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Old 19-12-2015, 08:49   #16
pbr
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Re: Helm positions

Anyone that has done any amount of cruising, particularly in varying climates, pretty quickly figures out they want to be protected from the elements when standing watch at the helm. In my opinion the cockpit and ergonomics on most catamarans have been an afterthought over the years. Exposed helms outboard are fine for limited day sailing, but not a desirable place to be for extended watches.

Sitting in the cockpit with the auto pilot steering with no one looking forward with 360 visibility is less than prudent. Same holds true standing watch inside the salon where again limited visibility and no sail controls. Fly bridges or elevated helms can be an option but again need full enclosures, and raise CG and windage, with further isolation from the rest of the crew. To my mind the only and best arrangement for serious cruising is a bulkhead mounted helm with comfortable seating, 360 degree visibility with all sail handling leading to that position.

Equally a full cockpit enclosure with U zip windows for quick ventilation should be standard. Today people want there comforts so optionally ducting in air conditioning/heat into that area to be used when necessary makes things very comfortable. Another important part of the equation would be to have a glass windshield or insert with wiper/washer in front of the helm position for all weather visibility.
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Old 19-12-2015, 10:13   #17
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Re: Helm positions

PBR,
You could be describing an Antares 44 or a St. Francis 50 :-)



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Old 19-12-2015, 10:38   #18
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Re: Helm positions

Or a Manta.
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Old 19-12-2015, 11:55   #19
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Re: Helm positions

For me the perfect option is the open bridgedeck cat like the Maine Cats or Seawind. You can sit anywhere in the cockpit or at the salon table and have a 360 degree view. The problem with the bulkhead stations is you are confined to one seat which to be honest usually isn't that comfortable.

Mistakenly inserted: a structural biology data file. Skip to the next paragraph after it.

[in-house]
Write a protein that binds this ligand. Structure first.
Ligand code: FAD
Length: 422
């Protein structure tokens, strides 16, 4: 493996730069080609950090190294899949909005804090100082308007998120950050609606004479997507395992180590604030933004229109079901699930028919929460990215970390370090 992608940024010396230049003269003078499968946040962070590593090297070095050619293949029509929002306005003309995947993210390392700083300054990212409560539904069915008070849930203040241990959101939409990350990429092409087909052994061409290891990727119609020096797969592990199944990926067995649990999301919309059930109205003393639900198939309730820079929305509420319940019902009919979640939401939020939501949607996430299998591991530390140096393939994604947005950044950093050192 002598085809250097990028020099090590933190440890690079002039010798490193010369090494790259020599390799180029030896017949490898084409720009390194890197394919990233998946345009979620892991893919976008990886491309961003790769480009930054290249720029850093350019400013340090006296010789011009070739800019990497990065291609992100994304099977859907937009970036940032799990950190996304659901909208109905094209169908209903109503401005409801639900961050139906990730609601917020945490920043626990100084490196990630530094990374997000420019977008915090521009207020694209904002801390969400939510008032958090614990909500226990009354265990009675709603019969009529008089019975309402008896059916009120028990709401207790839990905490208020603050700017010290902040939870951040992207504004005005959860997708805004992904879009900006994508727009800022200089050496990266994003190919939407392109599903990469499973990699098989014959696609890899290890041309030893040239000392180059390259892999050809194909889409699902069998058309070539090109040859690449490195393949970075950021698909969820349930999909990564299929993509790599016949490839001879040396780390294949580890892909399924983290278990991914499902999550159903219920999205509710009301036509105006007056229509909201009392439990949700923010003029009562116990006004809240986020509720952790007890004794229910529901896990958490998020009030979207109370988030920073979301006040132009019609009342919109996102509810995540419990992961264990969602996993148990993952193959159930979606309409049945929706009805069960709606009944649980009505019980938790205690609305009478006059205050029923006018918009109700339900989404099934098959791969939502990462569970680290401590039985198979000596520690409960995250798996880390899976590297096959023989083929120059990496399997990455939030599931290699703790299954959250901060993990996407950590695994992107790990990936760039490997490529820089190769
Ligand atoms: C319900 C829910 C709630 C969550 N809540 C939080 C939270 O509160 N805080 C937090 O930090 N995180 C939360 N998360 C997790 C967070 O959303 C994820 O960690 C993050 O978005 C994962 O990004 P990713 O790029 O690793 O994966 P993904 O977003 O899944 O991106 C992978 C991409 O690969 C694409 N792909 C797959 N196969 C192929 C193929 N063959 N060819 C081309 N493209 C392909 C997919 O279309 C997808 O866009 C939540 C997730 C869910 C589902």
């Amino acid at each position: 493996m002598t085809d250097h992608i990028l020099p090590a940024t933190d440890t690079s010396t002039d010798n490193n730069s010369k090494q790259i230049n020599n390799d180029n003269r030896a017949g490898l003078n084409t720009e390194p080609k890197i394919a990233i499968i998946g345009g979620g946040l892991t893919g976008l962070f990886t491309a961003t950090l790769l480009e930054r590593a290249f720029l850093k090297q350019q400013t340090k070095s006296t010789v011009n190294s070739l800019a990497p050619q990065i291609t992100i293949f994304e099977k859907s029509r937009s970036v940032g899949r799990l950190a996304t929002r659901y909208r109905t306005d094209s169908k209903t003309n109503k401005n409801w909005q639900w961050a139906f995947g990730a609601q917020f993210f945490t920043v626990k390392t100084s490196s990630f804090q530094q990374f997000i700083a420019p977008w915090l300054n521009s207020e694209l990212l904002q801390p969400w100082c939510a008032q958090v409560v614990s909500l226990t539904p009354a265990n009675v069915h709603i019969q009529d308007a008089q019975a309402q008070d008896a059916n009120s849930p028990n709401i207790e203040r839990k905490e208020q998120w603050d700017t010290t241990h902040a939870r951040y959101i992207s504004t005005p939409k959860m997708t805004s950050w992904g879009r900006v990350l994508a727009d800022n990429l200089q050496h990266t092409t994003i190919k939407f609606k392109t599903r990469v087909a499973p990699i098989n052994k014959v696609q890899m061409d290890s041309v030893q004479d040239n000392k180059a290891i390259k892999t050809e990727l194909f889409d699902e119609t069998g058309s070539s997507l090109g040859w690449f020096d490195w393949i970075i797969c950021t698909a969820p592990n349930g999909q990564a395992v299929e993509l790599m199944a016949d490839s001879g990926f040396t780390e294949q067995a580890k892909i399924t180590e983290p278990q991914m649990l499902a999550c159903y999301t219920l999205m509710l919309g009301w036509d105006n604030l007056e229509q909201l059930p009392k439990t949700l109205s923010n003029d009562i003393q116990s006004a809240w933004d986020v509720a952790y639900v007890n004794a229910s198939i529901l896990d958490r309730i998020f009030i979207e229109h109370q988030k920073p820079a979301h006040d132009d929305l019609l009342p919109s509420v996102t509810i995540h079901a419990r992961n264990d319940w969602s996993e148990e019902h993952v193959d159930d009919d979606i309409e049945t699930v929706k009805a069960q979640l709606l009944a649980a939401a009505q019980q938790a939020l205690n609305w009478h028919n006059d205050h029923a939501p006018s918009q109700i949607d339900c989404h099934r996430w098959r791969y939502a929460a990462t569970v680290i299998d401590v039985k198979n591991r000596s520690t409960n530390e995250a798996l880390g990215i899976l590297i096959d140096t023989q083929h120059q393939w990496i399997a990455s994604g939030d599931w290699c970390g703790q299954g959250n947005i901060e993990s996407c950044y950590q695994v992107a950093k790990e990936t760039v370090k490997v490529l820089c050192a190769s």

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Old 19-12-2015, 12:18   #20
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Re: Helm positions

I don't know SMJ, I find my bulkhead mounted helm with pedestal seat pretty comfortable. It adjusts fore/aft, swivels, has an adjustable footrest and padded seat as well as padded arm rests. If I want to stand, I slide the seat aft a bit and there is an indent in the bulkhead for your toes. Under anchor the seat swivels arouned to face the rest of the cockpit. Since it is located by the companionway door, it permits quick, easy, safe and dry access to the saloon/nav station - particulaly helpful in inclement conditions if you want to check paper charts, use the SSB/VHF, or need to converse with another crew member who is doing the same.

Brad
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Old 19-12-2015, 12:35   #21
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Re: Helm positions

We have been in the ICW several times desperately heading south in cold sleet and high winds, unable to get offshore for hundreds of miles. An autopilot is useless there, and we were very happy to be inside a full enclosure on our protected helm.

However, I don't think any of the outside helm boats can even do the ICW, so perhaps the point is moot.

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Old 19-12-2015, 14:49   #22
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Re: Helm positions

The comfort of the helm seat is directly proportional to how much money you want to spend on it. The last boat I built had Stidd chairs that you could recline in and sleep if you wanted to. Open bridgedeck I think is fine, but I prefer something with a coach roof for full time cruising and live aboard.
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Old 19-12-2015, 16:21   #23
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Re: Helm positions

Quote:
Originally Posted by pbr View Post
Anyone that has done any amount of cruising, particularly in varying climates, pretty quickly figures out they want to be protected from the elements when standing watch at the helm. In my opinion the cockpit and ergonomics on most catamarans have been an afterthought over the years. Exposed helms outboard are fine for limited day sailing, but not a desirable place to be for extended watches.
Anyone?

I've done a large amount of serious cruising on monos and cats with varying helm positions and pretty quickly figured out that dual aft helms were the best for my tastes.

It's just a preference. It may not be your's.

It's sad that some people have acquired such a level of arrogance that they consider their conclusions and preferences superior to other's and feel compelled to speak for others.

Dave
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Old 19-12-2015, 17:01   #24
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Re: Helm positions

Quote:
Originally Posted by Southern Star View Post
I don't know SMJ, I find my bulkhead mounted helm with pedestal seat pretty comfortable. It adjusts fore/aft, swivels, has an adjustable footrest and padded seat as well as padded arm rests. If I want to stand, I slide the seat aft a bit and there is an indent in the bulkhead for your toes. Under anchor the seat swivels arouned to face the rest of the cockpit. Since it is located by the companionway door, it permits quick, easy, safe and dry access to the saloon/nav station - particulaly helpful in inclement conditions if you want to check paper charts, use the SSB/VHF, or need to converse with another crew member who is doing the same.

Brad